“Report: Netflix Bans Employees from Looking at Each Other for More Than Five Seconds.” By now you have seen this news headline, or else not, it’s all the same to me, honestly, because I have got to clear the air as this was my idea and only my idea and also my only idea in my capacity as Netflix Executive Vice President of Sexual Harassment Curbation and Affairs. What a mouthful that is...
The idea was sound. I maintain even now that the idea – my idea – was and is as sound as sound could be. You’ll see what I mean. I am confident of this.
See, in i.t. you’ve got Bruce, and then in accounting you’ve got Rita with the pretty hose who always carries with her those mints, and she has dimples that look like my Aunt Stacy’s. If Bruce from i.t. is told he cannot stare at Rita from accounting, despite her very pretty hose, for more than five seconds at a go then it solves or rather it prevents a great many problems. Even though when I give a speech at staff meetings now, the crowd appears as though in the throes of a collective epileptic seizure as they look away from me at unsynchronized five-second intervals, it solves or rather it prevents a great many problems.
We thought we had it under control, that here we had outsmarted even the most clever and insidious of all possible of the world’s sexual harassers, when we heard a shout from Rita from accounting, who said to us, “Bruce from i.t. has stared at me in excess of five seconds!”
We ran to Bruce all together to grab him up and to enforce our new rule. Imagine our surprise when we saw Bruce sitting and eating a ham and mayonnaise sandwich and looking calm.
“We’ve got you, Bruce,” Nathan, who is Assistant Executive to the Vice President of Grabbing Up and Enforcing New Rules, said.
Bruce finished chewing his ham and mayonnaise sandwich. He said to us, “I did not stare at Rita from accounting for more than five seconds. I stared at her for two seconds, then I looked away for two seconds and looked back at her for three seconds before looking away again for two seconds and, finally, looking at her for an additional three full seconds. Now, admittedly, you might say this violates the spirit of the rule but it does not violate the letter of the rule. Furthermore, the only way Rita could ever have seen me stare at her for more than five seconds is if she herself stared at me for more than five seconds checking, and if that is what she is admitting to, then I insist here and now on lodging a formal complaint against Rita from accounting for violating the new rule.”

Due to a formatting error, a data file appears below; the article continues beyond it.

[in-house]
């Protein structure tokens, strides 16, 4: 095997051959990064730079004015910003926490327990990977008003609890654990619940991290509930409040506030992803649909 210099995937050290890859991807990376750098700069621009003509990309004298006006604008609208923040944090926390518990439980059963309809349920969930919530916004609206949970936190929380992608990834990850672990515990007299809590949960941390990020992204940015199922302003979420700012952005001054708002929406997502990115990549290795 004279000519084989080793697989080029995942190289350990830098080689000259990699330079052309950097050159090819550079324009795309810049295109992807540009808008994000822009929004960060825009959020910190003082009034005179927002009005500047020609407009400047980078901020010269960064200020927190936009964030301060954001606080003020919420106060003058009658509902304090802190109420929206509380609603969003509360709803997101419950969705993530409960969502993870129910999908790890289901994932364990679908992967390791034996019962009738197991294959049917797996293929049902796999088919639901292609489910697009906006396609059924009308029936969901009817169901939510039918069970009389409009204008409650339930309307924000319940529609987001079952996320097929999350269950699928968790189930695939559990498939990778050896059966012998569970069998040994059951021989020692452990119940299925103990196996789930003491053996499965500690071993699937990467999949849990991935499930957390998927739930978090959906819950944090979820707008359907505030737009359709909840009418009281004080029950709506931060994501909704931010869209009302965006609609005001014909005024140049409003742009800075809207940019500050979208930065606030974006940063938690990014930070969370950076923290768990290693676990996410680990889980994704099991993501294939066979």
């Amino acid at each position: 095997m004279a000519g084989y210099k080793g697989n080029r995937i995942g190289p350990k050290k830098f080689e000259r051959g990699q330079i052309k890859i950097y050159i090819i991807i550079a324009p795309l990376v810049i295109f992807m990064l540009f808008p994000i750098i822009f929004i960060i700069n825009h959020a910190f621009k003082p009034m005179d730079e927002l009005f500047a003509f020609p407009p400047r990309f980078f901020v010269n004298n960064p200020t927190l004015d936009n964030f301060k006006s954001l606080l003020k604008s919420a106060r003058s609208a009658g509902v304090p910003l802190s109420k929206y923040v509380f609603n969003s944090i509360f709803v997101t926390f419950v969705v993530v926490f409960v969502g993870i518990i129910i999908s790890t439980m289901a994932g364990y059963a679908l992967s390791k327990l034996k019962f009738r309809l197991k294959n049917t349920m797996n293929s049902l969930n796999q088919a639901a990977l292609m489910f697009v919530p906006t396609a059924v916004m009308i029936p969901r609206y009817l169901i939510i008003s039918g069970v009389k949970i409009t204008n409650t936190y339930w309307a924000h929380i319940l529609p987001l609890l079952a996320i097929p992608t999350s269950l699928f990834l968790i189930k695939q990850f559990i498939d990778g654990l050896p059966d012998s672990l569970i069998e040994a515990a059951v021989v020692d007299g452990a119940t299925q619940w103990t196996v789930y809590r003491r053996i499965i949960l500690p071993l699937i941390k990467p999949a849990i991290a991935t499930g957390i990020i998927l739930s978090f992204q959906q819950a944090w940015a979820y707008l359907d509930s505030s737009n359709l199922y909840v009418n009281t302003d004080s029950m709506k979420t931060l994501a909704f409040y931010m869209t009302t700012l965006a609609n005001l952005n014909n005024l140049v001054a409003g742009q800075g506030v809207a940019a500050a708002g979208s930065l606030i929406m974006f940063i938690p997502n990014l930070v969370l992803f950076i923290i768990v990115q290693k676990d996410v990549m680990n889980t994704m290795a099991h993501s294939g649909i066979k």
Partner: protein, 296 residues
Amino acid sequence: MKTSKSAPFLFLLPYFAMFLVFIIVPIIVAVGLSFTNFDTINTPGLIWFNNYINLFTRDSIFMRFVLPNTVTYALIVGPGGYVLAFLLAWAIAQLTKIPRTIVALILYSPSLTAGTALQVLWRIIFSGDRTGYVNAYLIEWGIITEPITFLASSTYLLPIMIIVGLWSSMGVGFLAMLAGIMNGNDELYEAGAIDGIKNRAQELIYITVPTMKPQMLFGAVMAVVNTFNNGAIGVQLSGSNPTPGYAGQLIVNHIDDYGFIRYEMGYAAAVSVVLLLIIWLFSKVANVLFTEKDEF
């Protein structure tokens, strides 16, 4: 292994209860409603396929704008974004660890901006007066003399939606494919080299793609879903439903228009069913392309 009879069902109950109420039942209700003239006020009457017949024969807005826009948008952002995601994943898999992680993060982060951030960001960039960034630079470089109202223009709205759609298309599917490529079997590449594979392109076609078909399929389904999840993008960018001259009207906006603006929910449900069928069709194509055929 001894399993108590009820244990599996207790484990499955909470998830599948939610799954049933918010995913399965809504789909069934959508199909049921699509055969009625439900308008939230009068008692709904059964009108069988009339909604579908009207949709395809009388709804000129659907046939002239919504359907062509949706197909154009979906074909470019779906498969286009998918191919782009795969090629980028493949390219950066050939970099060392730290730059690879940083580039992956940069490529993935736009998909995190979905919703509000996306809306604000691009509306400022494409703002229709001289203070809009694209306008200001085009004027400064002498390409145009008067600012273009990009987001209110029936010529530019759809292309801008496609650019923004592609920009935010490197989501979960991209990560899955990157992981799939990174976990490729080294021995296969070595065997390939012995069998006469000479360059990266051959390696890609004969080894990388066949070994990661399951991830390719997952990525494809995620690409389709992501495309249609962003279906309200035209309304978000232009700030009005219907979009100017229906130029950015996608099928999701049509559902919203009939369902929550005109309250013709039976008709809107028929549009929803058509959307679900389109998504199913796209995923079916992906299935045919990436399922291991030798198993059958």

We were stumped.
There followed many meetings of Executive Assistants and Junior Vice Presidents and such during which most of us simply stared down at the conference room table just to be on the safe side.
The Official Timers idea was not mine.
In fact, in the days passed since those many meetings, every attendee of the meetings has officially and very publicly issued their own separate denial of having been the party who came up with the Official Timers idea and, since the minutes taker herself concerned herself during the meetings primarily with not watching any one speaker for too long, it is likely we will never know who it was who came up with the idea for the Official Timers.
The Official Timers were empowered, in their official capacity, to look at other Netflix employees for six seconds but no longer. To determine whether others were following the five-second rule, you understand. Hardly had the Official Timers clocked in and we heard shouting.
“Theodore the Timer has been staring at me for seven seconds!” said Rita from accounting.
“Why don’t you just take a picture, Theodore?” said Lana from subscriptions.
“Now THAT is what I call binge watching!” said Maggie from public relations.
Theodore the Timer insisted he had not watched the women for more than his allotted six seconds. “Furthermore,” said Theodore, “the only way the women could ever have seen me stare at them for more than my allotted six seconds would be if they themselves-”
We cut him short. We’d heard this before.
Tragically, the seven-second Official Timers hired to time the six-second Official Timers fared no better. And on and on. By the time the fourteen-second Official Timers came on board to time the stares of the thirteen-second Official Timers, the notion was beginning to crack upon me that perhaps this entire plan of mine was unworkable from the start.
There was discussion at the meeting on Monday of bringing in optic scanners but I was not listening or not listening much. I sat back in my chair – sure it’s my signature move – and I closed my eyes and conjured up the pretty hose of Rita from accounting in my mind. I can call up this image at will and do. Like the muscle, the slight bulge of the muscle of her calf as she turns towards my desk and asks, “Harry, would you like a mint?”
I feel so protective of her and she does not know it yet but she is mine, in a way, or this image of her, in my dreams, is mine. It is for this reason that I’ll approve the optic scanner, in the end, to track how long which employees are looking where. I won’t stand anyone looking at my Rita from accounting. I will not tolerate sexual harassment.
O, Rita from accounting, Rita from accounting, this policy is for you. I do it all for you!